Inmarsat reported Q1 ’18 earnings this morning in London and investors like what they see. Shares spiked as much as 11% before settling in for a ~8% boost by the end of the trading day. Most analysts attribute the price jump to solid revenue numbers from the Aviation connectivity segment.
Year over year comparisons are hindered by some earnings numbers being restated from the 2017 version, but the overall revenue in the aviation segment is up nicely ($56.0mm v $40.3mm for Q1 YoY). Cash CapEx is down thanks to the successful launch of the S-band satellite last summer and cash flow improved as well. But EBITDA margin % shrank, even as gross margin increased.
The company reported 245 commercial aircraft flying with Global Xpress (GX) at the end of the quarter and another 223 carrying the JetConneX business aviation option. A year ago there were barley 70 aircraft with the hardware installed across the two segments.
Looking at the revenue growth, however, the split tells an interesting tale.
In general aviation and safety services (“Core Aviation” according to the company) revenue improved 16.5% to $36.7mm for the quarter. Of that, $3.7mm came from JetConneX “airtime revenue.” The BizAv SwiftBroadband connectivity grew subscribers by 5% and average revenue per aircraft (ARPA) by 4%, combining for a 10% increase in total revenue for that segment.Safety services grew 11%, owing to higher usage and ARPA. Those numbers are all solid and reflect what others in the industry also show: BizAv is generally profitable for the inflight connectivity space.
Read More: Inmarsat GX officially live on Qatar Airways
Inmarsat’s commercial inflight connectivity (“IFC” according to the company) segment shows a slightly different story.
The L-band-based IFC services delivered revenue growth of 50.0% to $11.7mm (Q1 2017: $7.8mm). That growth came from increased usage by a number of key customers. And that’s key to the profitability of the segment. Inmarsat needs to maximize airtime/usage revenue to increase profits; once the satellite is in orbit the operating expenses are relatively low compared to launch and aircraft equippage costs. Currently some 900 commercial aircraft carry the L-band/SwiftBroadband connectivity solution.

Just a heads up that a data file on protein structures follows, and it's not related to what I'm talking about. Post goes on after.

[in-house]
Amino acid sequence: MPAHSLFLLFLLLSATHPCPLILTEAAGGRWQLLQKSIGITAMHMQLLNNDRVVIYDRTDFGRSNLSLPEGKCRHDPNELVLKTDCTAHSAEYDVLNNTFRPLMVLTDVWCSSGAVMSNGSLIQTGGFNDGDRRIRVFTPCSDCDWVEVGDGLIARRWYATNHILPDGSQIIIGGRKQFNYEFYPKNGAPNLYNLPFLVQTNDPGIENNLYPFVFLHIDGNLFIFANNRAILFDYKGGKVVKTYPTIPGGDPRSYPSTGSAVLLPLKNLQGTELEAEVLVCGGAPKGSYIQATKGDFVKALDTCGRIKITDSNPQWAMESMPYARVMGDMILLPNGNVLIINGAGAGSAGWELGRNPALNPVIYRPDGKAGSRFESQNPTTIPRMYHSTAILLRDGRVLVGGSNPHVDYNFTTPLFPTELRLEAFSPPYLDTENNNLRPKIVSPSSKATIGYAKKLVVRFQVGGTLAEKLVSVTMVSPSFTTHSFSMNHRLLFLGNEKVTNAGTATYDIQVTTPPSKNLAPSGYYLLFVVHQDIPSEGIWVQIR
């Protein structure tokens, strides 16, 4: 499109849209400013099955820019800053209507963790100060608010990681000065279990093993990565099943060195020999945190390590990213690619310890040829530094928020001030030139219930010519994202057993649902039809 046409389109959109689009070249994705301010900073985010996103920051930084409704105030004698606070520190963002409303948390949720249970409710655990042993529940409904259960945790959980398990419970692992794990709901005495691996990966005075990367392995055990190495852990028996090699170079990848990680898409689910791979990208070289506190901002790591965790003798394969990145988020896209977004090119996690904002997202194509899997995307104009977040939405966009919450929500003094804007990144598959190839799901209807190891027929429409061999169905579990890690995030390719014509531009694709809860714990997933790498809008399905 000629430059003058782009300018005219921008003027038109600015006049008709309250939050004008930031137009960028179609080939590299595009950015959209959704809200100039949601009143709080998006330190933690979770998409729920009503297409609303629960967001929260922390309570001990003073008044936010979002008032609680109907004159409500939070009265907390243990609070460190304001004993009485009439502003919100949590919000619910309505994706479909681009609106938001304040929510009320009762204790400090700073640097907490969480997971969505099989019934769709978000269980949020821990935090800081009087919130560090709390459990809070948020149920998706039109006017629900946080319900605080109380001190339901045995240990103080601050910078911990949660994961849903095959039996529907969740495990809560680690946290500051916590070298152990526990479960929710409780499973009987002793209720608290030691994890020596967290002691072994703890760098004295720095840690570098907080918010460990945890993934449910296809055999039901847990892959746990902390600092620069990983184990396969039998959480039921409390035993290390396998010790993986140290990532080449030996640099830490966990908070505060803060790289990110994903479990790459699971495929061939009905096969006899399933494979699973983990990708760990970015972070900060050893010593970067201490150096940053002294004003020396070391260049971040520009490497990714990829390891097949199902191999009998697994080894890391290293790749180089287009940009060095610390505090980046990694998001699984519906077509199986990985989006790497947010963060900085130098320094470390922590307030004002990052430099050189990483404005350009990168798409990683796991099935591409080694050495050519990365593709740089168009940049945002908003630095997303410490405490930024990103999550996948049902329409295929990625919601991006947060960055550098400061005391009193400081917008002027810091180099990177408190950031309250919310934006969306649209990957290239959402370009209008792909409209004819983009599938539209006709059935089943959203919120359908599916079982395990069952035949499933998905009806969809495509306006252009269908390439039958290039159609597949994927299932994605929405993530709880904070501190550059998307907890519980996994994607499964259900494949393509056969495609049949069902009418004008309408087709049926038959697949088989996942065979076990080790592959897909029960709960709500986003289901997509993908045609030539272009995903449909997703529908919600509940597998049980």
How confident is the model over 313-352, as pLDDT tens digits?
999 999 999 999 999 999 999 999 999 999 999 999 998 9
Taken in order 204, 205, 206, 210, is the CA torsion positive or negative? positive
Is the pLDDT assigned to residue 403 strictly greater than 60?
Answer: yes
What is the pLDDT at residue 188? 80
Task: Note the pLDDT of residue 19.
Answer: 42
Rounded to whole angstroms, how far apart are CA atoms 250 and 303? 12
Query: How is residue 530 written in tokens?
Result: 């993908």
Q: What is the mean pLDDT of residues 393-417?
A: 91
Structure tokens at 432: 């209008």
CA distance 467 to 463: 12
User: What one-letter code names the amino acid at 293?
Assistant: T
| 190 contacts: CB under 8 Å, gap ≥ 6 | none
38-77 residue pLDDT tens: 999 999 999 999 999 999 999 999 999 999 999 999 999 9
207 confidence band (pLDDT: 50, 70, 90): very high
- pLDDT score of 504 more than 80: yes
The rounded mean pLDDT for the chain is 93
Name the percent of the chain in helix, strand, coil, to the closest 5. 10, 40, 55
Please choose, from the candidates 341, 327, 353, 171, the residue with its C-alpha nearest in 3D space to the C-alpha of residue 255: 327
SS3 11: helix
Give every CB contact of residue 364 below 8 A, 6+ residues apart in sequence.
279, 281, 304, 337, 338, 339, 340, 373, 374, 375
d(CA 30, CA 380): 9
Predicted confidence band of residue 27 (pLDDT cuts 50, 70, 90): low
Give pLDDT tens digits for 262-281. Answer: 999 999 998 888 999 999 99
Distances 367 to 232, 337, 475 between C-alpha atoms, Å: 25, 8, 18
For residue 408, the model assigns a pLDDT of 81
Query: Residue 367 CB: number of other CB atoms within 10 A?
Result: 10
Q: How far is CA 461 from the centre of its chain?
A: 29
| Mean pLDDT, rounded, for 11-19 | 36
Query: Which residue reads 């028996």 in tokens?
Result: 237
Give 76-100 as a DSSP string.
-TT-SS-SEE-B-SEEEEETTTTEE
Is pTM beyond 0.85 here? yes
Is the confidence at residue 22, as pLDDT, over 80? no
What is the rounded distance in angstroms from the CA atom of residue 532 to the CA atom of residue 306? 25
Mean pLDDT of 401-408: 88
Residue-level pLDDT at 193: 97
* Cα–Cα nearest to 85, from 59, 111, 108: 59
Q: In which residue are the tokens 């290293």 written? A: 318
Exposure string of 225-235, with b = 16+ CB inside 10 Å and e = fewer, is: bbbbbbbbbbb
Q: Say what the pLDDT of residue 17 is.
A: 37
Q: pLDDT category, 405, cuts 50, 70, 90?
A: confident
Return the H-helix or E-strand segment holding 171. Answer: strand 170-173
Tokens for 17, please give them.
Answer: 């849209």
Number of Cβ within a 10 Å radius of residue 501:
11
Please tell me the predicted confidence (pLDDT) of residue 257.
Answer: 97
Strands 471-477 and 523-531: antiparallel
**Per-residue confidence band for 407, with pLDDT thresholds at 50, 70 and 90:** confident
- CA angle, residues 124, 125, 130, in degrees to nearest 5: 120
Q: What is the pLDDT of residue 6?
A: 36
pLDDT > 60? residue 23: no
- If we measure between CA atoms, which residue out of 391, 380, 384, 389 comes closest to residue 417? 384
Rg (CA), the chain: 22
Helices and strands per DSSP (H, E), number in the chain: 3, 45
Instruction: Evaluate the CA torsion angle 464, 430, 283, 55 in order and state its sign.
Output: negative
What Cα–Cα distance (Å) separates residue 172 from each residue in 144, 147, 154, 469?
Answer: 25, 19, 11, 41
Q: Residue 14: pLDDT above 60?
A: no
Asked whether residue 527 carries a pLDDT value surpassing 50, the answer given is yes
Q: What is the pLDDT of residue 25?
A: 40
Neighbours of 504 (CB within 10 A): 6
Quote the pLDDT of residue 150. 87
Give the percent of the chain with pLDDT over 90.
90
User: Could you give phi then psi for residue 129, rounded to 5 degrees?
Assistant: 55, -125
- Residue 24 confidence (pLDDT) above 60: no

The other half of the revenue boost for the IFC segment comes from a spike in the GX revenue. The GX segment increased from $1mm to $7.7mm year over year. That’s a HUGE number, but it also comes with HUGE costs. The “vast majority” of that revenue is tied to hardware installation on aircraft. Inmarsat is realizing revenue from the sale of the on-board kit to the airlines but immediately passing the vast majority of that cash through to pay for the hardware. It is great revenue but delivers nil for profit.
In the period, there was $7.7m of GX-related IFC revenue generated, (Q1 2017: $1.0m), the vast majority of which was relatively low margin installation revenue. Installation revenue is expected to ramp-up during the remainder of the year, driven by installation schedules of our customers.
Most providers suggest that it takes a year or so for any given airline to scale up to a sufficient install base to drive passenger awareness and adoption of the service. As global adoption of connectivity increases that number should trend lower but for now it seems to be holding, even as some carriers (e.g. Austrian short-haul) are fully fitted with the GX kit since last summer. Inmarsat can hold on to the install revenue for a few years yet, with just over 1,000 aircraft in the backlog. But eventually the airtime revenues need to show material growth for the sector to be commercially successful. And to justify the rebounding share price, given its tie to the aviation segment of the report.
Separately, 3,259 maritime vessels now carry the Fleet Xpress (GX for ships) product on board. Average revenue per ship dropped due to competition and reduced wholesale pricing, but the rapid deployment and growth in that segment is promising for the overall value of the GX constellation.